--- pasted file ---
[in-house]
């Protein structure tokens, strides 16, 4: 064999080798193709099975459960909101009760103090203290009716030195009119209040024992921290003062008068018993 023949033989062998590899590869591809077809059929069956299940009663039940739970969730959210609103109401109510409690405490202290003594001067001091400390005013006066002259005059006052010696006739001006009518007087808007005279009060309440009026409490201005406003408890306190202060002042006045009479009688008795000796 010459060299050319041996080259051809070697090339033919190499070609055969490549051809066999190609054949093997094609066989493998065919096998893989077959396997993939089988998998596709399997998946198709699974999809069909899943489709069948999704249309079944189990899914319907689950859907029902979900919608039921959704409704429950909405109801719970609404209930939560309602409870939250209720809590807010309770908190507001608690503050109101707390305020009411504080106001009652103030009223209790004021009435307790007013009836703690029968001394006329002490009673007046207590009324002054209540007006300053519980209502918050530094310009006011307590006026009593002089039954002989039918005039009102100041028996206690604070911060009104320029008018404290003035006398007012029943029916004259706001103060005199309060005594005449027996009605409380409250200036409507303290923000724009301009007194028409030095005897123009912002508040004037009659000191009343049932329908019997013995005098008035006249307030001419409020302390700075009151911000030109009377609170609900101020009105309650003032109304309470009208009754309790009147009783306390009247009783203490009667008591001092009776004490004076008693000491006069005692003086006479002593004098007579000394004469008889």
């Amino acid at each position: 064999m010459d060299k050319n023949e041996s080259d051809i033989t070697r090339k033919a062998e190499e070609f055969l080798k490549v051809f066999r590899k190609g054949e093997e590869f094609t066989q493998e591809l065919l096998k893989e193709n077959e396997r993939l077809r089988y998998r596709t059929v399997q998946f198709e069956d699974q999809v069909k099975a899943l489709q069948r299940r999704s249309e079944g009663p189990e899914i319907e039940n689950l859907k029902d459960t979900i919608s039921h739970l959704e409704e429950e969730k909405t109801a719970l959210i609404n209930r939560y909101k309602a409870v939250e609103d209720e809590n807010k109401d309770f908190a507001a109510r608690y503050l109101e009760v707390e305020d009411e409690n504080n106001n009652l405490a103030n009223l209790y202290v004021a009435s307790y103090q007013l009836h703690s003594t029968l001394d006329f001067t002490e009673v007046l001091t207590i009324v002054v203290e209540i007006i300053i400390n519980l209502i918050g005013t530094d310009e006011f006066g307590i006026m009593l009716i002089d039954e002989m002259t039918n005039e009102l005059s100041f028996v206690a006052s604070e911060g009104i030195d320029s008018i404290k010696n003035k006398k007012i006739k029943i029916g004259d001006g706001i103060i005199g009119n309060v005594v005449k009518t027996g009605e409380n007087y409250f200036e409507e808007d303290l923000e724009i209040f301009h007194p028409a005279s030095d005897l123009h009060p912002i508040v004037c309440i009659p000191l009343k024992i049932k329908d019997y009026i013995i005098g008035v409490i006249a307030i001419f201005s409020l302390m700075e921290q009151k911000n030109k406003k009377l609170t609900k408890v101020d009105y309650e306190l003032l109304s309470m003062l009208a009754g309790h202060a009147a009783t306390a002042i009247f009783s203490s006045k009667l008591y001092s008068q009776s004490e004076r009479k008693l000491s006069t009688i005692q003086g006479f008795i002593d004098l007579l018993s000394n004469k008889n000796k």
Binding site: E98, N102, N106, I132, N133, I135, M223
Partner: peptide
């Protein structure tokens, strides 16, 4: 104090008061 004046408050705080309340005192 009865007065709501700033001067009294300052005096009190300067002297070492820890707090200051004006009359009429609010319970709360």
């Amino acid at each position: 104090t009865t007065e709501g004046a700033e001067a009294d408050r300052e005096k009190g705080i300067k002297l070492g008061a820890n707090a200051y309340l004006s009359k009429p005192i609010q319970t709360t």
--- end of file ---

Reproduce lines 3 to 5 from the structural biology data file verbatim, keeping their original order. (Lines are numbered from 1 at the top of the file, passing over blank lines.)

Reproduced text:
């Amino acid at each position: 064999m010459d060299k050319n023949e041996s080259d051809i033989t070697r090339k033919a062998e190499e070609f055969l080798k490549v051809f066999r590899k190609g054949e093997e590869f094609t066989q493998e591809l065919l096998k893989e193709n077959e396997r993939l077809r089988y998998r596709t059929v399997q998946f198709e069956d699974q999809v069909k099975a899943l489709q069948r299940r999704s249309e079944g009663p189990e899914i319907e039940n689950l859907k029902d459960t979900i919608s039921h739970l959704e409704e429950e969730k909405t109801a719970l959210i609404n209930r939560y909101k309602a409870v939250e609103d209720e809590n807010k109401d309770f908190a507001a109510r608690y503050l109101e009760v707390e305020d009411e409690n504080n106001n009652l405490a103030n009223l209790y202290v004021a009435s307790y103090q007013l009836h703690s003594t029968l001394d006329f001067t002490e009673v007046l001091t207590i009324v002054v203290e209540i007006i300053i400390n519980l209502i918050g005013t530094d310009e006011f006066g307590i006026m009593l009716i002089d039954e002989m002259t039918n005039e009102l005059s100041f028996v206690a006052s604070e911060g009104i030195d320029s008018i404290k010696n003035k006398k007012i006739k029943i029916g004259d001006g706001i103060i005199g009119n309060v005594v005449k009518t027996g009605e409380n007087y409250f200036e409507e808007d303290l923000e724009i209040f301009h007194p028409a005279s030095d005897l123009h009060p912002i508040v004037c309440i009659p000191l009343k024992i049932k329908d019997y009026i013995i005098g008035v409490i006249a307030i001419f201005s409020l302390m700075e921290q009151k911000n030109k406003k009377l609170t609900k408890v101020d009105y309650e306190l003032l109304s309470m003062l009208a009754g309790h202060a009147a009783t306390a002042i009247f009783s203490s006045k009667l008591y001092s008068q009776s004490e004076r009479k008693l000491s006069t009688i005692q003086g006479f008795i002593d004098l007579l018993s000394n004469k008889n000796k």
Binding site: E98, N102, N106, I132, N133, I135, M223
Partner: peptide